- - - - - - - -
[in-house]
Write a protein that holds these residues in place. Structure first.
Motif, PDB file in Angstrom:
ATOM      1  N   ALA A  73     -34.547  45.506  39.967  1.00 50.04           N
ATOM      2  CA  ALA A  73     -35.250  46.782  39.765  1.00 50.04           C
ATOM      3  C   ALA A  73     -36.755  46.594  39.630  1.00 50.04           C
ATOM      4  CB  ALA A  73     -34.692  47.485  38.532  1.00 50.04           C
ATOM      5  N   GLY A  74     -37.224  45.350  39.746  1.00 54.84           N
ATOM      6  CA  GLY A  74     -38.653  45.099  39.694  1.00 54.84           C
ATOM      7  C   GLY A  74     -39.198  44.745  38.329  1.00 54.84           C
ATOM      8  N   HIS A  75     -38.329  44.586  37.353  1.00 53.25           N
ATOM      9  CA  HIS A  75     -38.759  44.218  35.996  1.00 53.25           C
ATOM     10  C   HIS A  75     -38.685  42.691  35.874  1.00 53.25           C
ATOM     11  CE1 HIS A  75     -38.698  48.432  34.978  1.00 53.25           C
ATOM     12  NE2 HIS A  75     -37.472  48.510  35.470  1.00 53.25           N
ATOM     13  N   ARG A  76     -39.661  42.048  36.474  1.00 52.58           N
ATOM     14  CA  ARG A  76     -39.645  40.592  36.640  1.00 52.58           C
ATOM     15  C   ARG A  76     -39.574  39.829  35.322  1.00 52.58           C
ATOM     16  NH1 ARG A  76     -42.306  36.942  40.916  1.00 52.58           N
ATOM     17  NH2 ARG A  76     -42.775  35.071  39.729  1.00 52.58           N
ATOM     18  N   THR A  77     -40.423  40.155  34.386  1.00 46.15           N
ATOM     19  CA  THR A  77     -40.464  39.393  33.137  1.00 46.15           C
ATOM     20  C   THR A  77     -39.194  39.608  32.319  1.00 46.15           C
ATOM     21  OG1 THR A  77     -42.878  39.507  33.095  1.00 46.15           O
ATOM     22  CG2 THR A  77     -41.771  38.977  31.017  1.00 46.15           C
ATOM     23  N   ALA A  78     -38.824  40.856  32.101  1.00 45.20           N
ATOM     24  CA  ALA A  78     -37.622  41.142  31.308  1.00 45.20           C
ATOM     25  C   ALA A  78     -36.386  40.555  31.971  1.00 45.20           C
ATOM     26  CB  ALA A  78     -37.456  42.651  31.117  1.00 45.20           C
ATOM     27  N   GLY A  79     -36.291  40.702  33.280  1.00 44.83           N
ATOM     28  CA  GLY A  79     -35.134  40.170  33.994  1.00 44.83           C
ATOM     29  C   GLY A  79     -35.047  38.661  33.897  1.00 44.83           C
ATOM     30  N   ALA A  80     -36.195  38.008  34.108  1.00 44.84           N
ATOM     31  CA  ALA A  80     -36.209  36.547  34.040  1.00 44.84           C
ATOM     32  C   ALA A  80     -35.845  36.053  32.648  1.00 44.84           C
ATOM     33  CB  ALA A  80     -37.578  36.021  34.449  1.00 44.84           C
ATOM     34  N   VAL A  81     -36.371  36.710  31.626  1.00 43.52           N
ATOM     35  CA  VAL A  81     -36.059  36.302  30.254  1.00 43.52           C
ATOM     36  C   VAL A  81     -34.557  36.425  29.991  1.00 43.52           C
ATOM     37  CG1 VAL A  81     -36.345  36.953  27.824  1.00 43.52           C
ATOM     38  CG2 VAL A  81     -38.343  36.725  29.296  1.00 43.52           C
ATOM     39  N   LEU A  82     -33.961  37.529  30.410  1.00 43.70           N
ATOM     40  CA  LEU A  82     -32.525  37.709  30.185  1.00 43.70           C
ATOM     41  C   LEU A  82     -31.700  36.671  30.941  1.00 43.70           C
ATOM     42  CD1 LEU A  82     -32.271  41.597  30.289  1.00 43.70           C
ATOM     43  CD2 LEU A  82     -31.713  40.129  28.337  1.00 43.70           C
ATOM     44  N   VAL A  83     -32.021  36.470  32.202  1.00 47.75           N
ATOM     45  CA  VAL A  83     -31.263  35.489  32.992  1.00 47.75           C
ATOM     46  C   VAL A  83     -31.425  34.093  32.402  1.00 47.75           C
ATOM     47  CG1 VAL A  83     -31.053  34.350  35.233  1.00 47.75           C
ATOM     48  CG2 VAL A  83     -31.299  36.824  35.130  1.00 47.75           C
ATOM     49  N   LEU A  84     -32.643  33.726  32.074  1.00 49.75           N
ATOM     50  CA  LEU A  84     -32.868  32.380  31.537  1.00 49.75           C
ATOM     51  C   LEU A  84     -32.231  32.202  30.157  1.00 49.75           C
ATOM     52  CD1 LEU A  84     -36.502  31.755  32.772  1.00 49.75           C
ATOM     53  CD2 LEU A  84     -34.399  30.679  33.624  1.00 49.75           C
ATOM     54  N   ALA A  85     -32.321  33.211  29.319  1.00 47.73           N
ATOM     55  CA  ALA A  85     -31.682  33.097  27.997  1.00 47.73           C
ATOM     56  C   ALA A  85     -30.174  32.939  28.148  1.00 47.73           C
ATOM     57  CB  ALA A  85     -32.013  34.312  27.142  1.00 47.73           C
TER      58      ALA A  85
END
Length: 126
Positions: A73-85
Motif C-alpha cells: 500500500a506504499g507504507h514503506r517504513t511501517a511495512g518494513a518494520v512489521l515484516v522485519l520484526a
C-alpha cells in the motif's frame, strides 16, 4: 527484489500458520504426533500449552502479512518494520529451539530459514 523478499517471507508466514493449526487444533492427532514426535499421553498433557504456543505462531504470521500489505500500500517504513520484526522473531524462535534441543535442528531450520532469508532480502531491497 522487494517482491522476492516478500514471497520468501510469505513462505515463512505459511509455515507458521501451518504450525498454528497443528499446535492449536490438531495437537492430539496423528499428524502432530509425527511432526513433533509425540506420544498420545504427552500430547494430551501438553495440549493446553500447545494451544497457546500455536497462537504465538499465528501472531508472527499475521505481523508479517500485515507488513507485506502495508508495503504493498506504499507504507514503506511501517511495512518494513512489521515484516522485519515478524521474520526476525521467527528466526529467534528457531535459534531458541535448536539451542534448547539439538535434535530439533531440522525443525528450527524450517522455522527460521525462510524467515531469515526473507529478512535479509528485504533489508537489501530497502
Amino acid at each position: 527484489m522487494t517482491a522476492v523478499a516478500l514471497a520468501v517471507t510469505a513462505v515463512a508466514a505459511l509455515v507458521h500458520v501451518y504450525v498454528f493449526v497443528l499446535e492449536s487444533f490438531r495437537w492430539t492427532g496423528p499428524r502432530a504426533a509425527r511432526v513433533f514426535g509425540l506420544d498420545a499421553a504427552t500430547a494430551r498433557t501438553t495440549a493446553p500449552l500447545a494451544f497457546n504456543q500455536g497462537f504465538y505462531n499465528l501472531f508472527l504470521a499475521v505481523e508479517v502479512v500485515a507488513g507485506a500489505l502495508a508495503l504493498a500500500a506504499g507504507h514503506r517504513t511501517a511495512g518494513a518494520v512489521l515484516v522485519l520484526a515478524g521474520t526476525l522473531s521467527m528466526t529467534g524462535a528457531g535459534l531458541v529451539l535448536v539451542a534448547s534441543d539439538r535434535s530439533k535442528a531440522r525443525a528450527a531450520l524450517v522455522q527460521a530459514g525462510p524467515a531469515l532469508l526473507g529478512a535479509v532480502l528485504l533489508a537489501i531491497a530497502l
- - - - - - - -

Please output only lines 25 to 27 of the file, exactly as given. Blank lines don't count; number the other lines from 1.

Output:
ATOM     22  CG2 THR A  77     -41.771  38.977  31.017  1.00 46.15           C
ATOM     23  N   ALA A  78     -38.824  40.856  32.101  1.00 45.20           N
ATOM     24  CA  ALA A  78     -37.622  41.142  31.308  1.00 45.20           C